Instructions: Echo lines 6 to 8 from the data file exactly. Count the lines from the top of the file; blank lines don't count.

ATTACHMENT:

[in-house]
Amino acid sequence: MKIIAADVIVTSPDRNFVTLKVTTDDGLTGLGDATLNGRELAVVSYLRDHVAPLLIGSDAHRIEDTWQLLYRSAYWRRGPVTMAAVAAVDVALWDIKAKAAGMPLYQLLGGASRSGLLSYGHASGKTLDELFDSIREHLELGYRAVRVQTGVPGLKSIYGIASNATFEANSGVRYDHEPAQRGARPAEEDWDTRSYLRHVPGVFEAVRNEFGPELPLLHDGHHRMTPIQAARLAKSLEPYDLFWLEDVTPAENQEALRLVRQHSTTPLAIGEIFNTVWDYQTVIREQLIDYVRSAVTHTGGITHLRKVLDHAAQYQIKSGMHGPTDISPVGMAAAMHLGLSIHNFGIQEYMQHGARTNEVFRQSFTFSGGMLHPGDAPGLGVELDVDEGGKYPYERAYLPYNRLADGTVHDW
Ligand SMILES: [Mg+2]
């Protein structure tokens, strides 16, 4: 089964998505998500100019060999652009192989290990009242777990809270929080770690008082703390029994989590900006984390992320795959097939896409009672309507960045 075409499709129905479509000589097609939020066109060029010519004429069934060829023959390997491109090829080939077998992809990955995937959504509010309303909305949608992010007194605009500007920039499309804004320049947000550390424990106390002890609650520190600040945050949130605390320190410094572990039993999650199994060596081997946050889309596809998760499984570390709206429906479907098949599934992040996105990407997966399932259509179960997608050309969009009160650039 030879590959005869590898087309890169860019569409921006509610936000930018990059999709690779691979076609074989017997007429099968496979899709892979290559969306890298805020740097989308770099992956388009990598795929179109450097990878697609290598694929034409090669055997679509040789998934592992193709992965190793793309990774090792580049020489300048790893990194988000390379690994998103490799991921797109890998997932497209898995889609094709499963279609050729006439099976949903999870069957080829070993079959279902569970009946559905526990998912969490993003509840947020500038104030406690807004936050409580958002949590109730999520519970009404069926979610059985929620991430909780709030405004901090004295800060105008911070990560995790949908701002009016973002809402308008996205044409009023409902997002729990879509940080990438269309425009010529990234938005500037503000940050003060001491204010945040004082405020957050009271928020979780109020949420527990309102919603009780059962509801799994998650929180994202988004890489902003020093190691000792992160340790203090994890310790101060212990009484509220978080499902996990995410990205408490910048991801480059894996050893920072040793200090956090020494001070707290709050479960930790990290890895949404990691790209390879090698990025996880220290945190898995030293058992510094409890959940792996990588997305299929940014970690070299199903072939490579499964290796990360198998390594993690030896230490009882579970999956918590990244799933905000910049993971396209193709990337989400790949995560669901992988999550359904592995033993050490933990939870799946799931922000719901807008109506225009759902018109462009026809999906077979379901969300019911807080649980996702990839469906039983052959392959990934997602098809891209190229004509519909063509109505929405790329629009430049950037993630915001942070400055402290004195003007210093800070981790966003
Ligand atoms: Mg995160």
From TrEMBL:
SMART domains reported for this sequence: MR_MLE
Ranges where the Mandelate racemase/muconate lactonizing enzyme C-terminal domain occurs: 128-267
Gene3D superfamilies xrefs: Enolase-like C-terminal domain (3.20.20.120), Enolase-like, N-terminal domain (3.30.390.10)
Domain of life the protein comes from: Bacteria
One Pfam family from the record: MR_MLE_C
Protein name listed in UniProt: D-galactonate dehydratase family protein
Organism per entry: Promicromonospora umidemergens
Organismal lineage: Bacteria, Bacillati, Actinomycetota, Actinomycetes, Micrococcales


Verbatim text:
From TrEMBL:
SMART domains reported for this sequence: MR_MLE
Ranges where the Mandelate racemase/muconate lactonizing enzyme C-terminal domain occurs: 128-267